If your child is 3 years old, an adoption specialist may be able to help you explore alternative options before determining whether adoption would really suit you and your child best. They might ask if you have considered options such as:

  • Social Service Resources: This option will vary depending on where you live, but the general concept is to make your current parenting situation easier to withstand by offering financial support in various ways. Healthcare options, affordable living, food stamps and more, all are potentially available to relieve some of the financial stressors that may be causing you to consider adoption.
  • Temporary Guardianship: If you are considering putting a 3-year-old up for adoption, you may want to look into temporary legal guardianship before making any decisions. This option does not fully relinquish you of your parental rights, nor end your legal parent-child relationship. In this process, a close friend or family members takes guardianship of your child to allow you to work on any of the difficulties in your life causing you to consider adoption. This is essentially a “timeout” from parenting to allow you to get back on track to improve your life before you resume parenting.
  • Kinship Adoption: This option allows a family member to adopt your child through kinship adoption. Although the transition can still be difficult, this option allows you to maintain a close relationship with your child, while providing them with a trusted and potentially better opportunity. However, there are drawbacks of this option to consider before determining that it’s right for you.

These are some of the challenges and alternatives options you may want to consider if you are wondering how to “give a three-year-old up” for adoption. Putting a 3-year-old up for adoption is difficult, but not impossible. Make sure to work with an experienced agency that can provide all the support and services you need and deserve. Fill out this form to get in contact with an adoption specialist. They will be able to answer any questions you have about adoption.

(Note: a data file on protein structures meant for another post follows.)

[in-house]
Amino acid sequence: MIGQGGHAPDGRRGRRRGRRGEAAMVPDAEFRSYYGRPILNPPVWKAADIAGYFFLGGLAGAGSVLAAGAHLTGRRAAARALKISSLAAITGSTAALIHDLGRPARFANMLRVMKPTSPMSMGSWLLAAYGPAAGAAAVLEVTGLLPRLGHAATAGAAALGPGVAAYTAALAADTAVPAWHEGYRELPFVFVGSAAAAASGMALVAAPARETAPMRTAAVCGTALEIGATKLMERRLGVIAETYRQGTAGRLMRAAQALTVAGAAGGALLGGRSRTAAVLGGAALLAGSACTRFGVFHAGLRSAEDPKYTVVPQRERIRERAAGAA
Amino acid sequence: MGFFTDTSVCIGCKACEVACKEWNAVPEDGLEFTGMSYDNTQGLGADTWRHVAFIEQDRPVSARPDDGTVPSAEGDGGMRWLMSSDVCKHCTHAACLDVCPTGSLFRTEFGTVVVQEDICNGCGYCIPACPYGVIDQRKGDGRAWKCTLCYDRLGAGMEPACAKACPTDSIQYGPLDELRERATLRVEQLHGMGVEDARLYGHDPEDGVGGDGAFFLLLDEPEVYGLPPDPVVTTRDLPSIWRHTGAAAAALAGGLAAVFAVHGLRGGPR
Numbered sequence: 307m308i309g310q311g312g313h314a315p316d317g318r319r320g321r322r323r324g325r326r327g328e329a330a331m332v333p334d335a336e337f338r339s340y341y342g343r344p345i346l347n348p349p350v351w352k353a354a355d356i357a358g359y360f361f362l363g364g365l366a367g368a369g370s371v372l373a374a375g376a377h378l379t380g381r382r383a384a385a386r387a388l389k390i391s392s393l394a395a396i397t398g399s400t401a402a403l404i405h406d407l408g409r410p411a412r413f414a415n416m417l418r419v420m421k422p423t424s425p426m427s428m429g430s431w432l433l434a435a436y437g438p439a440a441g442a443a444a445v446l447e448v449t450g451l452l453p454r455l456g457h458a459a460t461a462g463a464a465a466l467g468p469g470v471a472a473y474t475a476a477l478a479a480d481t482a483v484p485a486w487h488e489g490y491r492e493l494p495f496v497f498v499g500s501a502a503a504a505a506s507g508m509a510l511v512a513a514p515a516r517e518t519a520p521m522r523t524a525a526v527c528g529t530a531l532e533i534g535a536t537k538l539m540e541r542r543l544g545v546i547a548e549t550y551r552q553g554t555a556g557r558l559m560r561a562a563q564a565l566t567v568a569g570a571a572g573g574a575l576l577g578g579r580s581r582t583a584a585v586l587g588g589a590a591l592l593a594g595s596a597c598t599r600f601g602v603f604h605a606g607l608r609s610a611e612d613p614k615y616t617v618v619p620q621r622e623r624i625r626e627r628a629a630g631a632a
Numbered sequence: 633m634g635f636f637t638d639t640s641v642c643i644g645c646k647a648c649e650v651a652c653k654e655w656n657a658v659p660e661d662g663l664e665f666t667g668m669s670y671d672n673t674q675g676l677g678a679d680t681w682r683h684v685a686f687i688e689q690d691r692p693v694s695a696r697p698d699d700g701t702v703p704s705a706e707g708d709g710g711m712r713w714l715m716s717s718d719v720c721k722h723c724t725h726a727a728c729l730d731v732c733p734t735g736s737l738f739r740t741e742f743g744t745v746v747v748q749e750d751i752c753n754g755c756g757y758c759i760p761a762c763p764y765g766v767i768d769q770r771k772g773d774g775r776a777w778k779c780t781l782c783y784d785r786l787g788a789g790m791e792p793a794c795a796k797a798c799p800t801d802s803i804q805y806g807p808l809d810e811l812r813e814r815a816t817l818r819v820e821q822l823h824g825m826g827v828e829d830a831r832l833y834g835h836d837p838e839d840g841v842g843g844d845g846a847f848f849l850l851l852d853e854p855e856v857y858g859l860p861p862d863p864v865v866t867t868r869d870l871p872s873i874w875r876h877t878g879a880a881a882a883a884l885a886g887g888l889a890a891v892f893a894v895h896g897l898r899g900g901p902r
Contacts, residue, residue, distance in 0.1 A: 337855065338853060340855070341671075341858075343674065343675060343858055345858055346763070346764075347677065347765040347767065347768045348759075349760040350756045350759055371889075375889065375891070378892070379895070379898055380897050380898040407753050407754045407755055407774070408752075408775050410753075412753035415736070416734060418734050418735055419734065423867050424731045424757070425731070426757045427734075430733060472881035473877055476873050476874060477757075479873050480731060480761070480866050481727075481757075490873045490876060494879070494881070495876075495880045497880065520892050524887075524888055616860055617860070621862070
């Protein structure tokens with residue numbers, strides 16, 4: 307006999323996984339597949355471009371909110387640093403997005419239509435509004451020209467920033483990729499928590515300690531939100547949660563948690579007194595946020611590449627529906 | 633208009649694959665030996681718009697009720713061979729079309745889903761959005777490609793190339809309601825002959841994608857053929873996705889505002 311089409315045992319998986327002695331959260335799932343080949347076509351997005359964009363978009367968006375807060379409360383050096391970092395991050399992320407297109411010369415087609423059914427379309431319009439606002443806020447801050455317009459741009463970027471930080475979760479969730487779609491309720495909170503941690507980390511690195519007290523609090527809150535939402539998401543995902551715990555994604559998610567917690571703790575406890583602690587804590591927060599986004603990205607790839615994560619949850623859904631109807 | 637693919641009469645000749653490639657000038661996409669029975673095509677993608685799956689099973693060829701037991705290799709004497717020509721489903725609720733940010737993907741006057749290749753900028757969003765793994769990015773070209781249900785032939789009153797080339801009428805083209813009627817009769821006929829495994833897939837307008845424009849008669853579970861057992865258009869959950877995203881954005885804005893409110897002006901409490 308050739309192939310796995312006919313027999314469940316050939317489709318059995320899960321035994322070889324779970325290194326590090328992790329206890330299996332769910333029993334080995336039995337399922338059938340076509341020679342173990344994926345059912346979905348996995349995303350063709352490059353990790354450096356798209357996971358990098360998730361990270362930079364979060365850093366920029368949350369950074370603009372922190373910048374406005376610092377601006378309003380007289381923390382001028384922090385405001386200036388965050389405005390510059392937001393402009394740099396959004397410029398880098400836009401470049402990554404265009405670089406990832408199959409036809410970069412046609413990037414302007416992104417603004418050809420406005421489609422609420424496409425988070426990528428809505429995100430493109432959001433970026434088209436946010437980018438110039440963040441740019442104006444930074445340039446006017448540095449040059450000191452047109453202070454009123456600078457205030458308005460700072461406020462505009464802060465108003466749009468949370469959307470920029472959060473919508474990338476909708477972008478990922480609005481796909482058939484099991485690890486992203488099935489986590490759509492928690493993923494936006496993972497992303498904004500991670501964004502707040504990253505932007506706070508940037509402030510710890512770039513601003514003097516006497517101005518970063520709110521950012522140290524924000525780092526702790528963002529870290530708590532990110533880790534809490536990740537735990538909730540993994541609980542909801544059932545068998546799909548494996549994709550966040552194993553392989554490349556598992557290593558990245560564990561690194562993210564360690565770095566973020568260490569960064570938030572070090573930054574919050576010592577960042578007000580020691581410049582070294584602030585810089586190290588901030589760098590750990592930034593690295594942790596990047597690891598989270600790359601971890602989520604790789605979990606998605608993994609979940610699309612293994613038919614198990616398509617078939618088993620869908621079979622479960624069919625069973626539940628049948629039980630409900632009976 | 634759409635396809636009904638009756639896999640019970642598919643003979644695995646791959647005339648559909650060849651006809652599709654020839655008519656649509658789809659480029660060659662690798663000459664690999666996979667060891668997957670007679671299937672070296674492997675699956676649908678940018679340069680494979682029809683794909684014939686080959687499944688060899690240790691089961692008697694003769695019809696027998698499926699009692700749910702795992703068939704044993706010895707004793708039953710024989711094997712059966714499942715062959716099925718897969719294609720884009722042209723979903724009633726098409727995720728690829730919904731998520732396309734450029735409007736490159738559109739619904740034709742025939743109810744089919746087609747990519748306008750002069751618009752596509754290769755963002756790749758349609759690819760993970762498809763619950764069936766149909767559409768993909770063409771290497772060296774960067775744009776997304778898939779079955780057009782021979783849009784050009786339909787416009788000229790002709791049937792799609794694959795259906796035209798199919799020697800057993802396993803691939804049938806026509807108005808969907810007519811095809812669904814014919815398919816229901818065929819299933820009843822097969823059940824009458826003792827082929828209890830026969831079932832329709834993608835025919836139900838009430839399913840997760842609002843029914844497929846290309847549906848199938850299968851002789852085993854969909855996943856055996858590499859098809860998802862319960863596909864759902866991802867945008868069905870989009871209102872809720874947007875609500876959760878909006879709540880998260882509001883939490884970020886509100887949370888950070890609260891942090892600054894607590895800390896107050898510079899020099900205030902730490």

4 Years

The common perception of adoption is that it is for families looking to adopt infants, and the child goes home with the adoptive family after they are born. Although this isn’t wrong, it is not the only adoption scenario.

You may be asking, “Can you put a 4-year-old up for adoption?”

The answer is yes. If you are at a point in parenthood where you feel like your only option is adoption, it is in your best interest, before making any decisions, to contact an adoption specialist.

An adoption specialist will understand that there are there are plenty of different reasons a parent considers adoption for their child. They can help make sense of such a difficult situation. Not only will they educate you on how to put a child up for adoption at 4 years old, they will also make you aware of the resources available that could make staying together as a family possible.

While there may be fewer families looking to adopt a 4-year-old, this doesn’t mean there are none. Many hopeful parents have dreams of starting or adding to their family through the adoption of a 4-year-old. Placing your child for adoption at this age may be an option for you.

But, while adoption at 4 years old is a possibility, we would be lying if we said there will not be challenges along the way.

Beginning the process can be a challenge in itself. Most private domestic adoption agencies primarily work with newborns. Because of this, they can only work with toddlers on a case‐by‐case basis. Your best bet will be to reach out to a large, national adoption agency. These professionals work with a greater number of adoptive families, meaning they may be more likely to have waiting families that would be open to adopting a 4-year-old. They are also typically able to provide services you won’t find at a small local agency, like 24/7 support. Once you have found an adoption agency, they will discuss your situation and help you determine what the best option is for you and your child.

If adoption is the right choice, you will begin creating your adoption plan with your specialist. If the agency does not feel adoption is right for you, or if they aren’t able to provide the services you need, they may refer you to additional resources that help you improve your current situation as alternatives to adoption.

Depending upon your situation, assistance provided by social services, W.I.C (women, infants, children), Medicaid and federal programs designed to help parents with children who have special needs may all help you towards feeling confident and comfortable parenting your child.

Other options include a kinship adoption, which means having a family member adopt your child, or temporary legal guardianship, where a friend or family member provides a safe and loving home for your child. This option allows you to maintain a connection with your child until you are able and ready to take back custody.


No matter the direction you choose, whether adoption, guardianship, or parenting assistance, it can be good to speak with an adoption agency or adoption attorney about how to put a child up for adoption at 4 years old or younger.

To learn more and get in touch with a private agency today, fill out this form. When you contact an adoption professional, you will get free information about your options, as well as unbiased support to help you determine your next steps. Adoption specialists are available 24/7, so you can get the help you need now.